The Young America’s Foundation is proud to be hosting Ann Coulter at our university. I recognize that some at this institution may disagree with her opinions. However, no one student or organization has a monopoly on who may speak at GW.
I welcome Ann Coulter in the spirit of intellectual discussion. I also welcome those who disagree with her opinions to come, listen and maybe even learn a few things. We are blessed at GW to be able to offer our students such a wide variety of high-profile conservative events. The conservative voice on campus has never been stronger thanks to the GW-Young America’s Foundation. Students should not come to an immediate unfavorable conclusion about a conservative speaker because it is the progressive thing to do around campus.
Everyone was assuming that when David Horowitz came to GW last fall to raise awareness about the problem of Islamo-Fascism, that it would be a message of hatred and bigotry, which ended up not being the case at all. He was spot-on with his intellectually honest message about the threat. In the end, the debate coalesced about the validity of an intellectually accurate politically incorrect hyphenated word. If the message is correct, if there is a valid reason for it, who cares whether something is labeled Islamo-Fascist or Islamo-Extremist or Islamo-Jihadist. From an intellectual side, speakers such as David Horowitz and Ann Coulter clearly win the debate, so why not look past angry liberal talking points and listen to their words?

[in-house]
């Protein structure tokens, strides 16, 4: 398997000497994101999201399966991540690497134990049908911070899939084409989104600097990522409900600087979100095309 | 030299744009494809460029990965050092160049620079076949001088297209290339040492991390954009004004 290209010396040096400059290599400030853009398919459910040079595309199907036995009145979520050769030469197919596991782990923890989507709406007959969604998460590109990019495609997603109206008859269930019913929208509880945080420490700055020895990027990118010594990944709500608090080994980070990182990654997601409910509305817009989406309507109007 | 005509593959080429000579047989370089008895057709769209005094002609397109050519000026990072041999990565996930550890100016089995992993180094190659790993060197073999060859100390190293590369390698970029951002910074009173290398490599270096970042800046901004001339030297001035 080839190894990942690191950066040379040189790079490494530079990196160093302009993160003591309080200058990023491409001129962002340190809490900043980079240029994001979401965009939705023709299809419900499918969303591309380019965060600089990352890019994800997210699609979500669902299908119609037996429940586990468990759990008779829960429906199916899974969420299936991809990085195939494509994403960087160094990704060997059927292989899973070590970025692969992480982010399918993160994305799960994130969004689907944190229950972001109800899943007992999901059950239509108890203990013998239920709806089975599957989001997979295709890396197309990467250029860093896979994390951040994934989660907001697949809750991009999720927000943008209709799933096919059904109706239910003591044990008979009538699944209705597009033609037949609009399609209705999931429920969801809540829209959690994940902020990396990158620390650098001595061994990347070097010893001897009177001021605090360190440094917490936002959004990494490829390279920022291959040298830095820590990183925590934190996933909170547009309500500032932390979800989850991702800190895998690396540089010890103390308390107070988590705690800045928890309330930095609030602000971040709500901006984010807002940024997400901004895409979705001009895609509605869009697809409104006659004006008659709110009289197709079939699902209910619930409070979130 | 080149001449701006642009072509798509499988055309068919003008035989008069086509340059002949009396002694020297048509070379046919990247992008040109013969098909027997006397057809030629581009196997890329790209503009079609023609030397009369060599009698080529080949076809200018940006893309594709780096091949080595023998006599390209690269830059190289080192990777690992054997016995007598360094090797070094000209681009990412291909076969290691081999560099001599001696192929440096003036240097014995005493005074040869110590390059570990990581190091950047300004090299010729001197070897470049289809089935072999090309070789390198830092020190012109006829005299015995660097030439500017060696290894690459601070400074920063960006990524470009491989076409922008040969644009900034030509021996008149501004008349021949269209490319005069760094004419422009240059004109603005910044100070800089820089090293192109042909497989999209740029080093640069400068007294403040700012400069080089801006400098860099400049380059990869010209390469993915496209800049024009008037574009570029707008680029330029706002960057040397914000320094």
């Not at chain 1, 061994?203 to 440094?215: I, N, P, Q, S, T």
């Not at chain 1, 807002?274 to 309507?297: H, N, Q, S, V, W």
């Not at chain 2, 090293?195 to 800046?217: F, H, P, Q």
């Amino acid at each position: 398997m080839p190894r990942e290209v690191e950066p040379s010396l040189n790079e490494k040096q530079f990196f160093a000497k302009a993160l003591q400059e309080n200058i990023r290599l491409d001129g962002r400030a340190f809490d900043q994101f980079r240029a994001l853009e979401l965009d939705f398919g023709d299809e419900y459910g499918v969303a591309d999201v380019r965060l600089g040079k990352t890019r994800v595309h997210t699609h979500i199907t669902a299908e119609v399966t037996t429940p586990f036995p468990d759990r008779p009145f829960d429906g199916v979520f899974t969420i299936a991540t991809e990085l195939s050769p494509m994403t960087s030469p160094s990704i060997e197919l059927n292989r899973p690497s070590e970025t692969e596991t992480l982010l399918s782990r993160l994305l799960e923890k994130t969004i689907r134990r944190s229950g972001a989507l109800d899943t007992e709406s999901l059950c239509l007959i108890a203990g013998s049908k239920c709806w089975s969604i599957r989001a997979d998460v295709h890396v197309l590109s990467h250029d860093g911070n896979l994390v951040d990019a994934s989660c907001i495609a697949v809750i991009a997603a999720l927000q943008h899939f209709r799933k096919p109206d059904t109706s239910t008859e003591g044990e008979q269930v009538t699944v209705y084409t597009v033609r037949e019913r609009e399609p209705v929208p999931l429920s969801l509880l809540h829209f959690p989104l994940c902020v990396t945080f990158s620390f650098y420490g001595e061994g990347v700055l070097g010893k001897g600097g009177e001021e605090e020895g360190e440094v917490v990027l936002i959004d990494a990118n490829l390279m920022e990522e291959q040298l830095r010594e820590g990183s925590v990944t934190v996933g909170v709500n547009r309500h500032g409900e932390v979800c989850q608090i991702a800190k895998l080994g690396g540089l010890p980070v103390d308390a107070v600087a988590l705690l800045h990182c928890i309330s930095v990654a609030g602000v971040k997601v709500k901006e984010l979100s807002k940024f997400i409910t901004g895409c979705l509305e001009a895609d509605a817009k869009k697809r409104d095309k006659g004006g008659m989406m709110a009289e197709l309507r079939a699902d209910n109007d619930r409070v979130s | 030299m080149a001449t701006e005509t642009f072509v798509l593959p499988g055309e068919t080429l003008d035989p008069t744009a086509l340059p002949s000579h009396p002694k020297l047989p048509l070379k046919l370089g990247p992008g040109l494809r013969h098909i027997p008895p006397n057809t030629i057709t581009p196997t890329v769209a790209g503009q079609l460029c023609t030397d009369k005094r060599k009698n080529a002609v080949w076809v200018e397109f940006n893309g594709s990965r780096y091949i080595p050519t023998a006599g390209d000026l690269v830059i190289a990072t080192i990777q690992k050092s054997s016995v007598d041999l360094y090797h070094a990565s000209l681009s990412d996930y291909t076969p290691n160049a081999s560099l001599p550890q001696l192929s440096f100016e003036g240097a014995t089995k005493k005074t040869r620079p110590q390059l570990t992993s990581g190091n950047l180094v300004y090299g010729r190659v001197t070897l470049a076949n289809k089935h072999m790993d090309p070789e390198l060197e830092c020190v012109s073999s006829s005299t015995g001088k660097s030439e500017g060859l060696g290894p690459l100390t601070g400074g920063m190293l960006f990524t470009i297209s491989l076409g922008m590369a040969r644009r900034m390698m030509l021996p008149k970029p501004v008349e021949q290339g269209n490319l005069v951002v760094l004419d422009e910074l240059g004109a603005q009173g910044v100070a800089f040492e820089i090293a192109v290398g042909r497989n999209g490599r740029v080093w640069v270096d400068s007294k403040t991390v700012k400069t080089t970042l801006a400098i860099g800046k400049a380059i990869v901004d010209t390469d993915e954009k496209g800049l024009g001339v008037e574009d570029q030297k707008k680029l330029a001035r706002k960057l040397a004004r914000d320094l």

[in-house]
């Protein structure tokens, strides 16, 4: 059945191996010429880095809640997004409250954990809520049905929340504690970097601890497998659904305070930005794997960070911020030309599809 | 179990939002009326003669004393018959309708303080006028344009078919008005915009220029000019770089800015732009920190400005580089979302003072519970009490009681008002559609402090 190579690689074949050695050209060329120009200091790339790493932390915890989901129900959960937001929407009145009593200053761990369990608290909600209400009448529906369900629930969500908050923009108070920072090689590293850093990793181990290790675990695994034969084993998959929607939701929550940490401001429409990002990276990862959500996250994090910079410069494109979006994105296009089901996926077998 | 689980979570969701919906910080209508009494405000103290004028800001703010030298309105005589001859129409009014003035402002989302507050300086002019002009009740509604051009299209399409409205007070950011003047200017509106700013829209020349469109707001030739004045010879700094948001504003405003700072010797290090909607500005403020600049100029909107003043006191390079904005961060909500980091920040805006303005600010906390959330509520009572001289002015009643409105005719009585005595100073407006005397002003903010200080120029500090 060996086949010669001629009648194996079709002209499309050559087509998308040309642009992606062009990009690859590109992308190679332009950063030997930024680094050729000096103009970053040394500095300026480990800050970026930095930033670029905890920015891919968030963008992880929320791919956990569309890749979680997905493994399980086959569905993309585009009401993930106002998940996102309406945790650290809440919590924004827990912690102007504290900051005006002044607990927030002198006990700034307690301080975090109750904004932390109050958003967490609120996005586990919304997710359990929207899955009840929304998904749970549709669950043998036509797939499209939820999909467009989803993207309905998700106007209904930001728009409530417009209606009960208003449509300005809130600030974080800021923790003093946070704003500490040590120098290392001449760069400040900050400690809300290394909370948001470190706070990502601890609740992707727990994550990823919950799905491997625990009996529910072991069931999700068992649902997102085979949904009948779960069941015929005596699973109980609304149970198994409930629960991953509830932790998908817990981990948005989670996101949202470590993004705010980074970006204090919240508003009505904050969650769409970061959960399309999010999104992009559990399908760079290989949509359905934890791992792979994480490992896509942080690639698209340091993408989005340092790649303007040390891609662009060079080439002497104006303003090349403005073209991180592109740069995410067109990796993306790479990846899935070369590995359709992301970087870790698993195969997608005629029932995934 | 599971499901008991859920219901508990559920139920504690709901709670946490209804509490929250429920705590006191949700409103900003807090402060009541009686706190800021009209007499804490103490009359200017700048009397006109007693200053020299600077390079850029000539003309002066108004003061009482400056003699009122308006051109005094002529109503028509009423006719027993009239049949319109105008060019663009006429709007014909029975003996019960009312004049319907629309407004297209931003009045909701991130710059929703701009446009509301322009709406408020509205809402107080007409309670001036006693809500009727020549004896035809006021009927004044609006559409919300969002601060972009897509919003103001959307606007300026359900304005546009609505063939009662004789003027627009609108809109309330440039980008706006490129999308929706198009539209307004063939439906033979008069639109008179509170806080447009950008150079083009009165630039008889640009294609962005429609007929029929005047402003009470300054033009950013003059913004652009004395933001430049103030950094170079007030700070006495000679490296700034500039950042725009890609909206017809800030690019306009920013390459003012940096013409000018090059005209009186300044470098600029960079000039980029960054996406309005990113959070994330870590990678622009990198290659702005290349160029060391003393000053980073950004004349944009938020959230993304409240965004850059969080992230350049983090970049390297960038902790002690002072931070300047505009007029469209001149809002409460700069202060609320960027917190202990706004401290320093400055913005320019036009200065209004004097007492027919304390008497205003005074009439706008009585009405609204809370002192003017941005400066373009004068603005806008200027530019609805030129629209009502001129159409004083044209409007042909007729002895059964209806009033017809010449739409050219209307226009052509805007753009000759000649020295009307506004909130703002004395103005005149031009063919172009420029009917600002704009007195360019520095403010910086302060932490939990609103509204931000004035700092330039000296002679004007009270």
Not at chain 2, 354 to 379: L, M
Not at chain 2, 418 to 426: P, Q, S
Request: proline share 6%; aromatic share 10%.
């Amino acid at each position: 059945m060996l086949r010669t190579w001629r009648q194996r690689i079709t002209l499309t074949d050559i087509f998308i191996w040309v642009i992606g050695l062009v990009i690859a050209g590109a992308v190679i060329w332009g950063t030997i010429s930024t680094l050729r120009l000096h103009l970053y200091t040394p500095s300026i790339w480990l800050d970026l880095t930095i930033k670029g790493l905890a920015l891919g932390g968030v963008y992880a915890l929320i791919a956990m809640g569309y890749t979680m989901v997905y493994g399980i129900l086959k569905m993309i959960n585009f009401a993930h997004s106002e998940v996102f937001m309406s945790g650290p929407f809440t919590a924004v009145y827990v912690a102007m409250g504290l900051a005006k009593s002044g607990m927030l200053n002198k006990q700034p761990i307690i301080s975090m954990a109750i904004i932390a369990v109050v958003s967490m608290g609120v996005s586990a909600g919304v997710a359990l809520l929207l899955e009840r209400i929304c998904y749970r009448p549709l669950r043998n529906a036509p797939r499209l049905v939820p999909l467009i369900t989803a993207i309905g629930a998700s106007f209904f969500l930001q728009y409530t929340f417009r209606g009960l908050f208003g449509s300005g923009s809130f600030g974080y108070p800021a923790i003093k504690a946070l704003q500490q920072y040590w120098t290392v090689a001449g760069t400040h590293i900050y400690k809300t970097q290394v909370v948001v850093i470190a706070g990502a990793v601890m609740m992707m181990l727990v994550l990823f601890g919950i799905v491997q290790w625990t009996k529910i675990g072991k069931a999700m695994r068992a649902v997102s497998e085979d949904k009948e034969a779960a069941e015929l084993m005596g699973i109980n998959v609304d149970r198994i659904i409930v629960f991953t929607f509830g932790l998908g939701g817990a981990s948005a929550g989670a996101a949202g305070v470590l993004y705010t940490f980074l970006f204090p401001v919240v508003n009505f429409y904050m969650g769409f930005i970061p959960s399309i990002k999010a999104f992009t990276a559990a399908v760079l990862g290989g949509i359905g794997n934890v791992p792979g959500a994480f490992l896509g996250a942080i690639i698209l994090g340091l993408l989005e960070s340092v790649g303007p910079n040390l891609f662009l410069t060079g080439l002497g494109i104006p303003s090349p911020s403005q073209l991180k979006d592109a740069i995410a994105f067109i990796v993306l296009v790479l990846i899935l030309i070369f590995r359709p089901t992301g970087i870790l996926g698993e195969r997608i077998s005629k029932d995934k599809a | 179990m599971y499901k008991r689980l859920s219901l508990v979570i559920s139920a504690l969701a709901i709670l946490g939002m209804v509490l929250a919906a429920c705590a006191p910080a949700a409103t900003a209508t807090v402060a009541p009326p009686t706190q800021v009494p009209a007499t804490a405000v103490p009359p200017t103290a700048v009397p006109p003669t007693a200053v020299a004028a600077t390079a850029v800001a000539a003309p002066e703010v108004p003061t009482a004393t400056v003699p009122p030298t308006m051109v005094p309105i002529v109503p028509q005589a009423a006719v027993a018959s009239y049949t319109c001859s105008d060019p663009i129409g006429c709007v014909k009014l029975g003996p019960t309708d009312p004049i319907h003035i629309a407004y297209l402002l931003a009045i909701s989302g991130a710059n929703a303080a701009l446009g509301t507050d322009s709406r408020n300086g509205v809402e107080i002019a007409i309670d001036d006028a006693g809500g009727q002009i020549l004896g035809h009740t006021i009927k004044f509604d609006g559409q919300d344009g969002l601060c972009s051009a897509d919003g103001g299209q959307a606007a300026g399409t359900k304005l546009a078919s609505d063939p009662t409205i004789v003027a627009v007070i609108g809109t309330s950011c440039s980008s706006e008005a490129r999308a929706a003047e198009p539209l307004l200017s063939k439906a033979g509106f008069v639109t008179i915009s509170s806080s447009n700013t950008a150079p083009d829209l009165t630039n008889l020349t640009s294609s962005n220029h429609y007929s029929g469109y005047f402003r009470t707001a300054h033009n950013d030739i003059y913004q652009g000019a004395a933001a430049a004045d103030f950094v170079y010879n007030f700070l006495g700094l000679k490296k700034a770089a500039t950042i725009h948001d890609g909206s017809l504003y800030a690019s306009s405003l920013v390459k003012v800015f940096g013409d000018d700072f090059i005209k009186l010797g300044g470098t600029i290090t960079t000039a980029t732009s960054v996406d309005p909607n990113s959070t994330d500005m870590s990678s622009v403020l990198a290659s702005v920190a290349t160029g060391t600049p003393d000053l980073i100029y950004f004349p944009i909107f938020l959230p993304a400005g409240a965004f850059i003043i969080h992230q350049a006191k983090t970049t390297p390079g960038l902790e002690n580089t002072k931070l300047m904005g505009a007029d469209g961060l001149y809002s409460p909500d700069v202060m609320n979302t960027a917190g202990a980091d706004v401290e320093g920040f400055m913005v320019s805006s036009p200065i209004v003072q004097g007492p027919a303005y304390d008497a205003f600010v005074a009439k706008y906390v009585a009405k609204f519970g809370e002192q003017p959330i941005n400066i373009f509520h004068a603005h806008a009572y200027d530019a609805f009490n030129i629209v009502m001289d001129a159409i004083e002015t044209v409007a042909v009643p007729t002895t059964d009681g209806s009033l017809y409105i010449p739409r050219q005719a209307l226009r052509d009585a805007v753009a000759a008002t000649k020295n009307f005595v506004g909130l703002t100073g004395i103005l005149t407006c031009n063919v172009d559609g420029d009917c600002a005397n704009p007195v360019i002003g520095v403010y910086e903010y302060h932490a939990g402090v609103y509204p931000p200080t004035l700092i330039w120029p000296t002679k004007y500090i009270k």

Ann Coulter and the Young America’s Foundation are more than happy to discuss the issues without resorting to attacks, but rarely do liberal lunatics come to an event such as Ann Coulter with the intent of learning or listening with an open mind. Coulter thrives on a well-founded debate, but usually liberals don’t want to do anything but throw pies and run.
The writer, a senior majoring in international affairs and political science, is the president of the GW Young America’s Foundation chapter.